Antigone was very heroic and brave at first, Creon now punishes her, and she does not fight back, but she simply badmouths her father. “O Oedipus, father and brother your marriage strikes from the grave to murder mine (7.40-41) says a coward Antigone. Creon, on the other hand who is supposed to be the strong king of the land, does not manage to control his anger, and fights his own son in an argument. This can be considered a sense of pride, since Creon did not want to change his opinion. Part of being a tragic hero is having a destruction.
She asks him whether he’d shoot a lady. He never actually says he would or wouldn’t, he just says “I would hate to have to” (190). The grandmother considers being a lady moral and the Misfit’s answer proves that he doesn’t have the same morals as she does. She fiercely calls him a “good” man, hoping he wouldn’t deny it. Her use of “good” is bias since she states he is not common.
/ It is not for your health, thus to commit / your weak condition to the raw cold morning.” (II, i; 234-236) Brutus is a loving character through this quote because normally in that time, women weren’t as well recognized as now but Brutus really cares ad loves his wife. Another one of Brutus’s characteristics/actions that make him as the hero of the play is that when he initially he wants to join the conspiracy, he has a different reason to kill Caesar. He doesn’t do it for greed and envy but it’s rather explained in the following quote: “Not that I loved Caesar less, but that I loved Rome more” (III.ii:21-22). Even though Brutus makes wrong decisions, he didn’t want to kill people as much as a person like Cassius wants to. Also, Brutus is
Just you read it. I wouldn't take my children in any direction with a criminal like that aloose in it. I couldn't answer to my conscience if I did." The misfit is introduced and portrayed as an evil person because he was explained as “aloose from the Federal Pen…” The grandmother is portraying to the people around her that she is “good” because she wouldn’t put her children in any possible way of harm. When the “good” grandmother and the evil misfit meet up, he has no problem with killing her while she pleads for her life.
English 2030 March 27, 2013 Reading Review Flannery O’Connor’s “A Good Man Is Hard To Find.” In Flannery O’Connor’s “A Good Man Is Hard To Find” the grandmother equates that a man is a “good man” if his values are the same as her own. The barbeque owner Red Sammy is “good” because he trusts people blindly by letting them charge gas and is also nostalgic about more innocent times because both of are moral characteristics the grandmother can relate to. The Misfit is “good” because he won’t shoot a lady because that would be in line with her own moral code. Her notion proves to be false and the only thing “good” about the Misfit is his consistency in living out his moral code of “no pleasure but meanness.” The Grandmother is confident
It is quite clear that through her actions that the grandmother is very selfish thus trying to satisfy her selfishness by manipulating others. Once the grandmother meets The Misfit and tries to use the ploy of “you’re a good man” some may feel that she is the same self-absorbed manipulator that she was in the beginning of the story. It becomes evident in that she does not beg for anyone else’s life, because the first words out of her mouth to The Misfit are “You wouldn’t shoot a lady, would you?” (O’Conner, 1955).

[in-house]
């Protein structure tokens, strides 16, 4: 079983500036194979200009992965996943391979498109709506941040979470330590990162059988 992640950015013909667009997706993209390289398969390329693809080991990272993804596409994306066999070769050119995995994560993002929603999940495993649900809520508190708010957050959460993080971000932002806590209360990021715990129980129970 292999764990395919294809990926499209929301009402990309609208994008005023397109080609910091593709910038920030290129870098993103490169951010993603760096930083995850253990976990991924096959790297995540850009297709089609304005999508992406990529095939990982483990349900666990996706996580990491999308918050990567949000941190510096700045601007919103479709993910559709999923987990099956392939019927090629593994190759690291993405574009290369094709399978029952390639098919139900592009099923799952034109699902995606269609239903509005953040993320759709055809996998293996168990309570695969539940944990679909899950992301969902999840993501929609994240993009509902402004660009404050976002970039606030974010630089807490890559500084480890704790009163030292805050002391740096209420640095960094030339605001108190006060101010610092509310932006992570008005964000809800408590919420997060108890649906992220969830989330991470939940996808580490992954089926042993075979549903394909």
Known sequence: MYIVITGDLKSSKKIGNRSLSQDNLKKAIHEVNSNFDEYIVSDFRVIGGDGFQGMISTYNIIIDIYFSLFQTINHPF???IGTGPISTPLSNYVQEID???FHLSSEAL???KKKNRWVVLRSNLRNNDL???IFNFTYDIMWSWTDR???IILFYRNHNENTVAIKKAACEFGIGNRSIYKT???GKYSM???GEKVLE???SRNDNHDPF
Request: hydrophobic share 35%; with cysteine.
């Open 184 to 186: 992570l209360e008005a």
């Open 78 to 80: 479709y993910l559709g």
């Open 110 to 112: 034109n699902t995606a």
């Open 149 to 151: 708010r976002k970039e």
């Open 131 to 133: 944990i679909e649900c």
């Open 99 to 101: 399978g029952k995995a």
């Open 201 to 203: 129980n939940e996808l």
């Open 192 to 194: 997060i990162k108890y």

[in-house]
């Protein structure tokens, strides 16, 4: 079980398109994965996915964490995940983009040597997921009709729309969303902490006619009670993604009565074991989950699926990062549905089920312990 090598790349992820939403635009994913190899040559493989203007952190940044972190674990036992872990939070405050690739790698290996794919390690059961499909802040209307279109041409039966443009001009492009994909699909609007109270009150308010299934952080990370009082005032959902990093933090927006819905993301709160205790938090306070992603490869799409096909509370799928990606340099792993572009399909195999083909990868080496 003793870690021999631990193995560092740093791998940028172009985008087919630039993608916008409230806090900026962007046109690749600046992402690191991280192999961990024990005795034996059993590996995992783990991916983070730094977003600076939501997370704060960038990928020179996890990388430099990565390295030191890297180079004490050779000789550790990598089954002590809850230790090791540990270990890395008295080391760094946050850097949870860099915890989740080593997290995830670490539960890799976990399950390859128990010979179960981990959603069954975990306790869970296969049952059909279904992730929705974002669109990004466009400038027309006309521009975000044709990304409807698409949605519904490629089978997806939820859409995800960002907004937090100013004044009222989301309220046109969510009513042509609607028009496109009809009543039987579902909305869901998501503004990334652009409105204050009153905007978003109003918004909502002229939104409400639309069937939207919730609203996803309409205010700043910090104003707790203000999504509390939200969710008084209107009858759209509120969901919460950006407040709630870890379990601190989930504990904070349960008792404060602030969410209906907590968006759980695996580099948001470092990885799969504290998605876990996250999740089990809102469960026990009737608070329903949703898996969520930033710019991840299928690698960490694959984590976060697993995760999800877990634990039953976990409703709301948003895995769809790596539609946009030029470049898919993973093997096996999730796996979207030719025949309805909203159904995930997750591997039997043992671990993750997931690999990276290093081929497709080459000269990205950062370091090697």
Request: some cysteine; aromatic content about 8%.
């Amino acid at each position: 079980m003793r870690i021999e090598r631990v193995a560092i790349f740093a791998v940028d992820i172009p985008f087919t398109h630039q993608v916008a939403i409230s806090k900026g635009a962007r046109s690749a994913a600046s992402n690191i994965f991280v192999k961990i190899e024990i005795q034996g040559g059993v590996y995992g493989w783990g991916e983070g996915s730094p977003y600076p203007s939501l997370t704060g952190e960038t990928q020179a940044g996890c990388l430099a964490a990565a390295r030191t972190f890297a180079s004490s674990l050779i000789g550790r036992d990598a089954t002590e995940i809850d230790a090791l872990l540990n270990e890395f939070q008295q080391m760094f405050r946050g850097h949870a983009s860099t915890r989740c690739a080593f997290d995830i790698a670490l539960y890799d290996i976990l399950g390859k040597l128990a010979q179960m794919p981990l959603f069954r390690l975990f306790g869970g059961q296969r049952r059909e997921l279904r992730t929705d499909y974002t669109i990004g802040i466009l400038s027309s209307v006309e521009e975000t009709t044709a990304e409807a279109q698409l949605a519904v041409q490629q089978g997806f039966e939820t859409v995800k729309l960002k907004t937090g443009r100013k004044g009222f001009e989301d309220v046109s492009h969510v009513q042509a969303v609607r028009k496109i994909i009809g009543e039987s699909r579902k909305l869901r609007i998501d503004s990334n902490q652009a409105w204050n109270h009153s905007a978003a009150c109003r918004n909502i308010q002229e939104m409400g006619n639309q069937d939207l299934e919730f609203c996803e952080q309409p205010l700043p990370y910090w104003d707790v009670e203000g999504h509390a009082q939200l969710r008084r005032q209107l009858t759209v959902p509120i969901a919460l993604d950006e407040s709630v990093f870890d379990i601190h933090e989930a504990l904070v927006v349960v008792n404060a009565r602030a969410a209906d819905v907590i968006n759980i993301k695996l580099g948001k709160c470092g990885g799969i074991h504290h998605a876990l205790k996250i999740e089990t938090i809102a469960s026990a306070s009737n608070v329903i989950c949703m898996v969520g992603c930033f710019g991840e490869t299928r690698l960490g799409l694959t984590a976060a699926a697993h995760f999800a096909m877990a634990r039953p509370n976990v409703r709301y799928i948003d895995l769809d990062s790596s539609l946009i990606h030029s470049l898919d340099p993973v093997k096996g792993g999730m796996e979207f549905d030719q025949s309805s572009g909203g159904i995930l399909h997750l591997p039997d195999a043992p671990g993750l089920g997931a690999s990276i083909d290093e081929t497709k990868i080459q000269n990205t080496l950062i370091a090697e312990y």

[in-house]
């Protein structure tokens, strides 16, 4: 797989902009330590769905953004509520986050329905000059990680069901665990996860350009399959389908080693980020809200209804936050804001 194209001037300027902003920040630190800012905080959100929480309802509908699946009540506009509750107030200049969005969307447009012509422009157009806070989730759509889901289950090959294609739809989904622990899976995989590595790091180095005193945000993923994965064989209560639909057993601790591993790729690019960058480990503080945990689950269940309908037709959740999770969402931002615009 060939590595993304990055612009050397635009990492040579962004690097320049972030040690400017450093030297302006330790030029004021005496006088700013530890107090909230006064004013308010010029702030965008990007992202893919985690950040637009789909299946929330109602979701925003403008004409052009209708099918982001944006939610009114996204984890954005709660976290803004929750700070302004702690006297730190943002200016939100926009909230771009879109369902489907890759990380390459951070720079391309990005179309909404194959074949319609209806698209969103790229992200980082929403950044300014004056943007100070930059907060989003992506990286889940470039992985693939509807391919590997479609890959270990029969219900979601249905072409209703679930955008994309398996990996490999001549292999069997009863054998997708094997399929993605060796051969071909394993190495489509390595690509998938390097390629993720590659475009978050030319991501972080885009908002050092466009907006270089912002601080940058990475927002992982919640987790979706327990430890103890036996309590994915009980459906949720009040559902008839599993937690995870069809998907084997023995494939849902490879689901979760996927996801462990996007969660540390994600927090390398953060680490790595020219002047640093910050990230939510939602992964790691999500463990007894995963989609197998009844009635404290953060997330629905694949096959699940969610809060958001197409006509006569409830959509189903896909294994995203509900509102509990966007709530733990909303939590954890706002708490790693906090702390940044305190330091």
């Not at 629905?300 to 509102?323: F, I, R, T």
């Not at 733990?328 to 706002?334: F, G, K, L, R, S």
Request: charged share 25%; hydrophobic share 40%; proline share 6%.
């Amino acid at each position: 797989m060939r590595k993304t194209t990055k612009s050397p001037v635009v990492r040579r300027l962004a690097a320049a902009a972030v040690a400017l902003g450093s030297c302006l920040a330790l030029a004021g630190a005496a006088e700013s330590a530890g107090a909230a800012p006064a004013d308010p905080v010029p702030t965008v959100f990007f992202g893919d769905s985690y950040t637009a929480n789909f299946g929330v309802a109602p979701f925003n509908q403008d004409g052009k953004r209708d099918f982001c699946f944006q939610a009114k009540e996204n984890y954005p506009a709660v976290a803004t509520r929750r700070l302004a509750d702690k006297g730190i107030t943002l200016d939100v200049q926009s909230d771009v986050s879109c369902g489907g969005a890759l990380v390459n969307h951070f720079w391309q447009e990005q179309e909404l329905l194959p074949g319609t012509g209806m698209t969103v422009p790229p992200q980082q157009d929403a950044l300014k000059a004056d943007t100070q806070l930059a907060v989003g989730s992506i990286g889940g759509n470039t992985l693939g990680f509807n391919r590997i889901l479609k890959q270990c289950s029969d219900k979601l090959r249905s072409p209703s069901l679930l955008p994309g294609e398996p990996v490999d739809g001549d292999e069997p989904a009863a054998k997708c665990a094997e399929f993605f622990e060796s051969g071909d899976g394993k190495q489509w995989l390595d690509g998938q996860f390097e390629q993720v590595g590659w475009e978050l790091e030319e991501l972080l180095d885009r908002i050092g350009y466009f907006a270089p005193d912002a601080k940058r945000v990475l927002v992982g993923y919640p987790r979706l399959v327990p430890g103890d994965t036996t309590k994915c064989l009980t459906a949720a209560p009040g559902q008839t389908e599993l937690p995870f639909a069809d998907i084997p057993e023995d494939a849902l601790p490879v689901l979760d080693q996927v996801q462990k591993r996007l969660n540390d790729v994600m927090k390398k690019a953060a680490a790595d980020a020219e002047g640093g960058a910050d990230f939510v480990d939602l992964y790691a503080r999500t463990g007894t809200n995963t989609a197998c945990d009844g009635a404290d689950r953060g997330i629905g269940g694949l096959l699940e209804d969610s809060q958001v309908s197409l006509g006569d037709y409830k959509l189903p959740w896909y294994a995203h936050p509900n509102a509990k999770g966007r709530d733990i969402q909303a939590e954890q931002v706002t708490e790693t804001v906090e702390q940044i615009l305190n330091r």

Her prejudice side shows through on their trip when she shares stories about a little nigger boy. During the trip, she complains about the many differences in the past and present behaviors of good people (O'Connor). John Desmond tells the readers that the Grandmother’s lying and selfishness are directly the cause of the accident and death of her family (Desmond). The Grandmother’s sins should not be a death sentence but are they forgivable in the eyes of Jesus? The Grandmother tried to convince the Misfit he was a good man in order to save herself (O'Connor).
The audience is caused to fear Othello's transformation into the ''green-eyed'' monster, then pity him when he claims his title in blood. The most significant flaw that Othello possesses is jealousy, however, he was not moved to it immediately. “She has deceived her father and may thee.” Iago says to him in Act 1, Scene 3. This was an attempt to convince Othello that Desdemona has or could commit adultery since she has already proved to be capable of going against her father's will with their marriage. However, Othello informs Iago that he is not a jealous man.
All three are happy in the rela tionship they have with one-another. However, one day, he was told, "Now look here, we don't want any more trouble from you, but if ever we see you near those girls again, you'll find yourself up before a magistrate" (57). Ernest is deprived his life, w hat makes him happy. He is deprived the only friendship he has because the unwritten social code suggests that a man such as himself befriending young girls as such means that he is a paedophile. The detectives interfere with his life.
Very little ambiguity is found within this verse, as Vindice’s motive is clear: revenge. He jokes ‘Hum, who e’er knew murder unpaid?’ and finds no difficulty in justifying his dark plans to seek revenge, so much so that the scene almost becomes comical. Already, the audience sense Vindice is undercutting his wife’s death: his attitude is flippant and we suspect that this will not serve him well, foreboding what is to come later in the play. When comparing the two plays, it also becomes clear that serious matters are dealt with in